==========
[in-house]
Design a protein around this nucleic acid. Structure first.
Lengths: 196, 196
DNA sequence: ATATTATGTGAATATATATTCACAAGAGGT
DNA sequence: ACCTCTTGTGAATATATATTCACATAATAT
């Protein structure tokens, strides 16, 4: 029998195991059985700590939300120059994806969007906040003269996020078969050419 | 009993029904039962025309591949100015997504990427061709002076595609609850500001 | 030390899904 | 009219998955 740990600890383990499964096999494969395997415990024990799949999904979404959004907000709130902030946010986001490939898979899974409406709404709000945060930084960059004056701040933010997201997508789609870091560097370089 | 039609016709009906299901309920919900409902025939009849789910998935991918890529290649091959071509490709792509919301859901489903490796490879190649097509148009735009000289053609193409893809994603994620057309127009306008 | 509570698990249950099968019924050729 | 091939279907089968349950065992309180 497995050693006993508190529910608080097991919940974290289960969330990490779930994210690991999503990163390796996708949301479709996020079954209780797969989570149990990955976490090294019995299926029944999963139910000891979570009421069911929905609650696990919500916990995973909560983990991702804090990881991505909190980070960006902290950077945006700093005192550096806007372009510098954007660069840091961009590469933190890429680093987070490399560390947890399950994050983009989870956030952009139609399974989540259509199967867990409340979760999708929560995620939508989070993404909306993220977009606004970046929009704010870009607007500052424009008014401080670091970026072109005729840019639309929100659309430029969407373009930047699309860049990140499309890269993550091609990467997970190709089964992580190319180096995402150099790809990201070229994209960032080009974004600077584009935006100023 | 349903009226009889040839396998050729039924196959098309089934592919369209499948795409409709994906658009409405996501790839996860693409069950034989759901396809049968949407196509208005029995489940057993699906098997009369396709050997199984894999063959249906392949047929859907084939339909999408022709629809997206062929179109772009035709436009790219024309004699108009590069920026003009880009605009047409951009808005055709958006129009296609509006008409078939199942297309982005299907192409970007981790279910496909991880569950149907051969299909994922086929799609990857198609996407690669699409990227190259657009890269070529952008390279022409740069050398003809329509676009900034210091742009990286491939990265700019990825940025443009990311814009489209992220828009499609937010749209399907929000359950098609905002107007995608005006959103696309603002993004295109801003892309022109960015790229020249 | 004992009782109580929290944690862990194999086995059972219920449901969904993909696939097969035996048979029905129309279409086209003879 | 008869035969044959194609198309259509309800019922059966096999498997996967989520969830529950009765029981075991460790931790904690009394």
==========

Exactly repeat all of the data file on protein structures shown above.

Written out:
[in-house]
Design a protein around this nucleic acid. Structure first.
Lengths: 196, 196
DNA sequence: ATATTATGTGAATATATATTCACAAGAGGT
DNA sequence: ACCTCTTGTGAATATATATTCACATAATAT
């Protein structure tokens, strides 16, 4: 029998195991059985700590939300120059994806969007906040003269996020078969050419 | 009993029904039962025309591949100015997504990427061709002076595609609850500001 | 030390899904 | 009219998955 740990600890383990499964096999494969395997415990024990799949999904979404959004907000709130902030946010986001490939898979899974409406709404709000945060930084960059004056701040933010997201997508789609870091560097370089 | 039609016709009906299901309920919900409902025939009849789910998935991918890529290649091959071509490709792509919301859901489903490796490879190649097509148009735009000289053609193409893809994603994620057309127009306008 | 509570698990249950099968019924050729 | 091939279907089968349950065992309180 497995050693006993508190529910608080097991919940974290289960969330990490779930994210690991999503990163390796996708949301479709996020079954209780797969989570149990990955976490090294019995299926029944999963139910000891979570009421069911929905609650696990919500916990995973909560983990991702804090990881991505909190980070960006902290950077945006700093005192550096806007372009510098954007660069840091961009590469933190890429680093987070490399560390947890399950994050983009989870956030952009139609399974989540259509199967867990409340979760999708929560995620939508989070993404909306993220977009606004970046929009704010870009607007500052424009008014401080670091970026072109005729840019639309929100659309430029969407373009930047699309860049990140499309890269993550091609990467997970190709089964992580190319180096995402150099790809990201070229994209960032080009974004600077584009935006100023 | 349903009226009889040839396998050729039924196959098309089934592919369209499948795409409709994906658009409405996501790839996860693409069950034989759901396809049968949407196509208005029995489940057993699906098997009369396709050997199984894999063959249906392949047929859907084939339909999408022709629809997206062929179109772009035709436009790219024309004699108009590069920026003009880009605009047409951009808005055709958006129009296609509006008409078939199942297309982005299907192409970007981790279910496909991880569950149907051969299909994922086929799609990857198609996407690669699409990227190259657009890269070529952008390279022409740069050398003809329509676009900034210091742009990286491939990265700019990825940025443009990311814009489209992220828009499609937010749209399907929000359950098609905002107007995608005006959103696309603002993004295109801003892309022109960015790229020249 | 004992009782109580929290944690862990194999086995059972219920449901969904993909696939097969035996048979029905129309279409086209003879 | 008869035969044959194609198309259509309800019922059966096999498997996967989520969830529950009765029981075991460790931790904690009394």